Workers lost out on hundreds in tips after a payments system glitched

·2 min read
Cafe employee processes credit card payment with Square
Florida, Orlando, Little Saigon, Sticky Rice Lao Street Food, employee processing Square credit card reader, remote payment Jeffrey Greenberg/Education Images/Universal Images Group via Getty Images
  • An update to Square's point of sale systems removed tipping functionality for several hours.

  • The removal happened over the weekend and reportedly cost workers hundreds of dollars in tips.

  • "Their customer service wasn't available, and it's our biggest paycheck day," said one impacted barista.

  • See more stories on Insider's business page.

An hours-long error in Square's point-of-sale software cost workers hundreds of dollars in tips across the US over the weekend.

The system's tipping screen, which appears after a customer has inserted a card or tapped their phone, disappeared on Saturday morning after a software update, workers in restaurants and small shops in various cities told The Washington Post, which first reported on the issue.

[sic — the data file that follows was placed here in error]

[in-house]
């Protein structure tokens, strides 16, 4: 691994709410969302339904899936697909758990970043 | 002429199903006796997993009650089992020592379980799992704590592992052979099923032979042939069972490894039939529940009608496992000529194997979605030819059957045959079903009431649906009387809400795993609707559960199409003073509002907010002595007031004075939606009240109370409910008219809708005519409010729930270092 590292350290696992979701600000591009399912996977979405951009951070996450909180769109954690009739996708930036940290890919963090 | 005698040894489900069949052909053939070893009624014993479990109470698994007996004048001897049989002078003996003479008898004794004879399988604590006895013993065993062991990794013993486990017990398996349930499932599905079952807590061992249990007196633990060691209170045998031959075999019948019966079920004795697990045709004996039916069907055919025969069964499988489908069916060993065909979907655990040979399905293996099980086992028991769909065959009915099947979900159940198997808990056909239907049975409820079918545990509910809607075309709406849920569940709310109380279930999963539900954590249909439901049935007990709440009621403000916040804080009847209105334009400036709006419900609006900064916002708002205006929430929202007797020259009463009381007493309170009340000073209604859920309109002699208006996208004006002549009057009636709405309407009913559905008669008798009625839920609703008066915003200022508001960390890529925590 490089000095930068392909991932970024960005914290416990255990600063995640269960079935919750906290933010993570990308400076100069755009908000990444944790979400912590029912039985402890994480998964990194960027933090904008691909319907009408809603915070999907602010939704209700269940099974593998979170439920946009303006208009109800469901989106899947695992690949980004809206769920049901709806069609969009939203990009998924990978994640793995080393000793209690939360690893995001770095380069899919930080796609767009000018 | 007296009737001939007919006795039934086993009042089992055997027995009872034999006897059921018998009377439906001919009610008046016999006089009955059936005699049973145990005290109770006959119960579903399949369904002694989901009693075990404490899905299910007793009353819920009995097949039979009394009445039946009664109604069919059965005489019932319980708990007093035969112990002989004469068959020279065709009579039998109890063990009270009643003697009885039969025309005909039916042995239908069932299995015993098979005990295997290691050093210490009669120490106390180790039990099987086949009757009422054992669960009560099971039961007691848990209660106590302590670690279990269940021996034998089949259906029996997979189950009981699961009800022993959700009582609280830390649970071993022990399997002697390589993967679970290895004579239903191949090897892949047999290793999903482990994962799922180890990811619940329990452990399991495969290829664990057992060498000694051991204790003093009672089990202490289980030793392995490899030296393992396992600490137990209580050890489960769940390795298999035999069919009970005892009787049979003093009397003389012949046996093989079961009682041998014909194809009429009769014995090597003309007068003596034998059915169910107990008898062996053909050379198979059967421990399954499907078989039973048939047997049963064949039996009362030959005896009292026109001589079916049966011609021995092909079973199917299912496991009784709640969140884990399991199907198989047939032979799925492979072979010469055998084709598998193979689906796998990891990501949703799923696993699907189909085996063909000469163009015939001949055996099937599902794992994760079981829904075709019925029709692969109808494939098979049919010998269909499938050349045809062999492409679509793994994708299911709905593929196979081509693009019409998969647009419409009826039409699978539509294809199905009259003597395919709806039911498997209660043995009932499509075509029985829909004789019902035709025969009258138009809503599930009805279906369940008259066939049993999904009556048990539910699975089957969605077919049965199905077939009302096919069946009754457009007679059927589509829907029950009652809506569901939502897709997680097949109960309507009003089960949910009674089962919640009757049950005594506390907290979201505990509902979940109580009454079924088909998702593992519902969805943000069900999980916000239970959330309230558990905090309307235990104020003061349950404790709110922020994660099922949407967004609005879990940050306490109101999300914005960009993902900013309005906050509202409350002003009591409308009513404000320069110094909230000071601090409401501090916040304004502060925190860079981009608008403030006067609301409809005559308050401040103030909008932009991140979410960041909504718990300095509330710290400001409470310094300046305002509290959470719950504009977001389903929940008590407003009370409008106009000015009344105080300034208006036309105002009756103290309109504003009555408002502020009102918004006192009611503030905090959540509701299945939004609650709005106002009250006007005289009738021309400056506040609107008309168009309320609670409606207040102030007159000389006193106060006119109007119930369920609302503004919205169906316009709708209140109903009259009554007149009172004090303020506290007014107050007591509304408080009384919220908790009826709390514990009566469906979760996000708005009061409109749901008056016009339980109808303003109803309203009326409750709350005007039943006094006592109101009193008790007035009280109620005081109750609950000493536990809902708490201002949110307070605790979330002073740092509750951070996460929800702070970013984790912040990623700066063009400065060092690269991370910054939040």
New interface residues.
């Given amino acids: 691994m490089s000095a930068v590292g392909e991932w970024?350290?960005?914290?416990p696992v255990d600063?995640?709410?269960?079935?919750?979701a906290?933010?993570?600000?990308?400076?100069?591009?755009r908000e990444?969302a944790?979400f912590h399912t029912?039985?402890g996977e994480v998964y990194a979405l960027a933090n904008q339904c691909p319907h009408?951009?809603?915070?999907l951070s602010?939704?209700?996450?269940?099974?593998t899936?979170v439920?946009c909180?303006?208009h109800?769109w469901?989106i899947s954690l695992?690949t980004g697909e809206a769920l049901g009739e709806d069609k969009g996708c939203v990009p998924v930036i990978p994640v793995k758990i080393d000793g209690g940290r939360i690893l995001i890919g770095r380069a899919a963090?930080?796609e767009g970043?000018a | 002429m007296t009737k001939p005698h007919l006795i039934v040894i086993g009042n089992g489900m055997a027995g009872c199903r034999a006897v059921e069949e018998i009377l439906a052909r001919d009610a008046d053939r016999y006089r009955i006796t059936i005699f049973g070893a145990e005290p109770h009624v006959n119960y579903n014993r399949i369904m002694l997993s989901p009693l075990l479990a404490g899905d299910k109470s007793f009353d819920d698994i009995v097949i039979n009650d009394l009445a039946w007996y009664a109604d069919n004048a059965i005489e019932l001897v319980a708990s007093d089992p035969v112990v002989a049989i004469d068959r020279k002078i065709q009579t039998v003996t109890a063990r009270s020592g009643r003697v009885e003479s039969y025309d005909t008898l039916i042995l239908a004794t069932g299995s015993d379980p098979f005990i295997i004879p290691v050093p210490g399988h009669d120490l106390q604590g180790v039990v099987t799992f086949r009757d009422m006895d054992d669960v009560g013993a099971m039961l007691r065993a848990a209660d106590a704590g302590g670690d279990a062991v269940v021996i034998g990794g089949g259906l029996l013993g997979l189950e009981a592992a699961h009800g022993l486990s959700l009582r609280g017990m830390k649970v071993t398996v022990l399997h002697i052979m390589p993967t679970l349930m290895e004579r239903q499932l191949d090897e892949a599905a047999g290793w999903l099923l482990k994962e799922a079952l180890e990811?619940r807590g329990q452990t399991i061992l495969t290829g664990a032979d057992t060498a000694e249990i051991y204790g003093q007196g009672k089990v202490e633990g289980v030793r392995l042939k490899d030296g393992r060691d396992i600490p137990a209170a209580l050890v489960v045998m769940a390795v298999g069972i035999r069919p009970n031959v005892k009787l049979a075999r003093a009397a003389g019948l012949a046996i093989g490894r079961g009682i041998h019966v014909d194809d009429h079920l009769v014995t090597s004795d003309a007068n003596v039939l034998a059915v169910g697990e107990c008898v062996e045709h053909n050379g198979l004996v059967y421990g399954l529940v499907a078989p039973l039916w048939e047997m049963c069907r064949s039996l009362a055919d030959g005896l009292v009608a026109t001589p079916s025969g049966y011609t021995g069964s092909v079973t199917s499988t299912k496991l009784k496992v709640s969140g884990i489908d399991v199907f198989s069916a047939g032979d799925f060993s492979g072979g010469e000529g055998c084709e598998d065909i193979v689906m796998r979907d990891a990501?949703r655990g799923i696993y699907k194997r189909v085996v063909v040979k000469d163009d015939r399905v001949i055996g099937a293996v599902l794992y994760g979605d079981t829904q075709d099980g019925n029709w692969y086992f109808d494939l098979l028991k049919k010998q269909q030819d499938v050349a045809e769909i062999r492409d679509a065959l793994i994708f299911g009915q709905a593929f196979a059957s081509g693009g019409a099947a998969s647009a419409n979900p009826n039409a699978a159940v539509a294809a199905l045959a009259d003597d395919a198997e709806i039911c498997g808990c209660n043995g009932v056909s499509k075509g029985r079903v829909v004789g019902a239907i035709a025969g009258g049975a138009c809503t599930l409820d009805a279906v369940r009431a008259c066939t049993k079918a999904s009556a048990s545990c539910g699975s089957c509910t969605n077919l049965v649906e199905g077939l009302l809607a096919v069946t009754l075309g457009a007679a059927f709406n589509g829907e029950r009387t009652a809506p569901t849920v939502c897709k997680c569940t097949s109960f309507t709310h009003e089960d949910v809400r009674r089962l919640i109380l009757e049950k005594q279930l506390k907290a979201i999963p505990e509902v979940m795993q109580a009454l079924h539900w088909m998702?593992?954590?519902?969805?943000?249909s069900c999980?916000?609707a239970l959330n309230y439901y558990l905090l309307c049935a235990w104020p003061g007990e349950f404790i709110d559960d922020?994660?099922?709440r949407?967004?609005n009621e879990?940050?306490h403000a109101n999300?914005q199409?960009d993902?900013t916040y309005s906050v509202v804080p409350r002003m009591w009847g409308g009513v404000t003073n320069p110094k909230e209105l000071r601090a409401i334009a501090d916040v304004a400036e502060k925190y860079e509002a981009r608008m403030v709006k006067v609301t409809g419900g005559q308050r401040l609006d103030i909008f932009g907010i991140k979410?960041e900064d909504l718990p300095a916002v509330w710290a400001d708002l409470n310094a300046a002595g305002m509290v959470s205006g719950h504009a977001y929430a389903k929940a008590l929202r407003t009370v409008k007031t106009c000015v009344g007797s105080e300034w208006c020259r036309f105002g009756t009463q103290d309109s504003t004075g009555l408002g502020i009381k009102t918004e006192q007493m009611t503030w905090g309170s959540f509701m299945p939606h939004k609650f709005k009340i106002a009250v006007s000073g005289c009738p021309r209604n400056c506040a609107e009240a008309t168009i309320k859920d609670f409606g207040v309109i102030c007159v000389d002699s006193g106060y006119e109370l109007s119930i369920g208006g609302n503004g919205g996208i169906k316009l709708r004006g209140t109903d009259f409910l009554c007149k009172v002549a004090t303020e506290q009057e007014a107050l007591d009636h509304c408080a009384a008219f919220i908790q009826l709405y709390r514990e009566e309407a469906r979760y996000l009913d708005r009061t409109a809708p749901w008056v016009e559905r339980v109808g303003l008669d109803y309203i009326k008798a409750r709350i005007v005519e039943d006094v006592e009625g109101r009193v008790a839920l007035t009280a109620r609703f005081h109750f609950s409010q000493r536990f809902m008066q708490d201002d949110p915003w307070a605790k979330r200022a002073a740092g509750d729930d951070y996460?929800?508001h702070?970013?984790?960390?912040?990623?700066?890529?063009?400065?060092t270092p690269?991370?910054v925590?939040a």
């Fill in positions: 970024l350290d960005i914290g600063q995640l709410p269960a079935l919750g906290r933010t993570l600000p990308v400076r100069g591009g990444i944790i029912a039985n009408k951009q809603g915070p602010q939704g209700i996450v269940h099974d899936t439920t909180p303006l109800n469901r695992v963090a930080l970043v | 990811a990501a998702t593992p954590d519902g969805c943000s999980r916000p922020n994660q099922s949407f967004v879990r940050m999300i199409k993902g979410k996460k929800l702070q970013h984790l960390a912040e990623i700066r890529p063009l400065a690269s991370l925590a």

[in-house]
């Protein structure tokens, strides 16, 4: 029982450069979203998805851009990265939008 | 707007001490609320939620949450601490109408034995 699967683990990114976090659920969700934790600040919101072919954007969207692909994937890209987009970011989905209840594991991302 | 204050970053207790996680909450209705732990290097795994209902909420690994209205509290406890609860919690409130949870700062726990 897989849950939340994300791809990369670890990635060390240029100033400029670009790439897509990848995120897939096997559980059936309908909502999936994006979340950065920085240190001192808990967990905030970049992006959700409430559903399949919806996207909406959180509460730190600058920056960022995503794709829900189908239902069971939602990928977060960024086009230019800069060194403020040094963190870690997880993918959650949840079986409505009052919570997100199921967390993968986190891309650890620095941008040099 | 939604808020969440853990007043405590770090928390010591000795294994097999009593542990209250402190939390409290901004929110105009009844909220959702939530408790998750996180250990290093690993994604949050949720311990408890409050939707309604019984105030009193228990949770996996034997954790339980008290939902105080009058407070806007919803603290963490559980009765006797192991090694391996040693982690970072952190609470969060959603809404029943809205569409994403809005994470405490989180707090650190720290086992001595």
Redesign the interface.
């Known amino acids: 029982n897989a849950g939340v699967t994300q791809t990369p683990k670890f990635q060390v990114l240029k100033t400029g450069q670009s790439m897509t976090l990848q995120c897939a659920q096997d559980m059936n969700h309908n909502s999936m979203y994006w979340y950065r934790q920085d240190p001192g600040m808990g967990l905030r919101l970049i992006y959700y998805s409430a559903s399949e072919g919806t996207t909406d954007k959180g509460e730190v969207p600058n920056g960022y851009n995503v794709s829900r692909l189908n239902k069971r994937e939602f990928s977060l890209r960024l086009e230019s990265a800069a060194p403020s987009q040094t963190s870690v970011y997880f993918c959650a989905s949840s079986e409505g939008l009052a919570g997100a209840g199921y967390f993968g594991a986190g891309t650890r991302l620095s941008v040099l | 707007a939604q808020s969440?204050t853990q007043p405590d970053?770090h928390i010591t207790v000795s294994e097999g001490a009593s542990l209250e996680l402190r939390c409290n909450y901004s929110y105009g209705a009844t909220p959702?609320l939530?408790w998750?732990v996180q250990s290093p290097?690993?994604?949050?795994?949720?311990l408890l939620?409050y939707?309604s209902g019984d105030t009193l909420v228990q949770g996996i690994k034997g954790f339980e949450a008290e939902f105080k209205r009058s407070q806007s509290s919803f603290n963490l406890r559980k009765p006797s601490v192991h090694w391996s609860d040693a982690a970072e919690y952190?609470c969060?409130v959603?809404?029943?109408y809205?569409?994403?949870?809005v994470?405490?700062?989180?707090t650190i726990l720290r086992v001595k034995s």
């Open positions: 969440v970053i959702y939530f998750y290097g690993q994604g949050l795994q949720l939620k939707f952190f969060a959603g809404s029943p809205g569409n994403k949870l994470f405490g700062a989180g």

Saturday is one of the busiest times of the week for many restaurants, cafes, and shops. Workers in San Diego, New York, and Miami told The Post that other parts of Square's systems also became unresponsive on Saturday.

"Their customer service wasn't available, and it's our biggest paycheck day," one Houston-based barista told The Post. "The timing of it all was just awful."

Square posted updates about the glitch on its website on Saturday. The updates showed that it took the company about four hours to resolve the issue.

"For about 3 hours on Saturday, Sept. 18th, our systems experienced an issue that prevented some sellers from being able to sign into their accounts or accept tips," a Square spokesperson told Insider in an email. "We understand how important it is to never miss a sale and how critical tip collection can be for our sellers' teams."

The spokesperson said that Square apologized and is set to share more information on stopping similar issues from occurring in the future.

Andrew Sinclair, owner of Mad Lab Coffee in Hollywood, told The Post that his employee lost out on an estimated $150 to $250, and plans to pay him back, but hoped that Square would reimburse him the money.

Meanwhile, Trina Perez, owner of Buzzed Coffee Truck in Salt Lake City, told The Post that she estimated that her employee missed out on about $150 in tips because of the glitch. It is unclear if Square plans to reimburse its clients.

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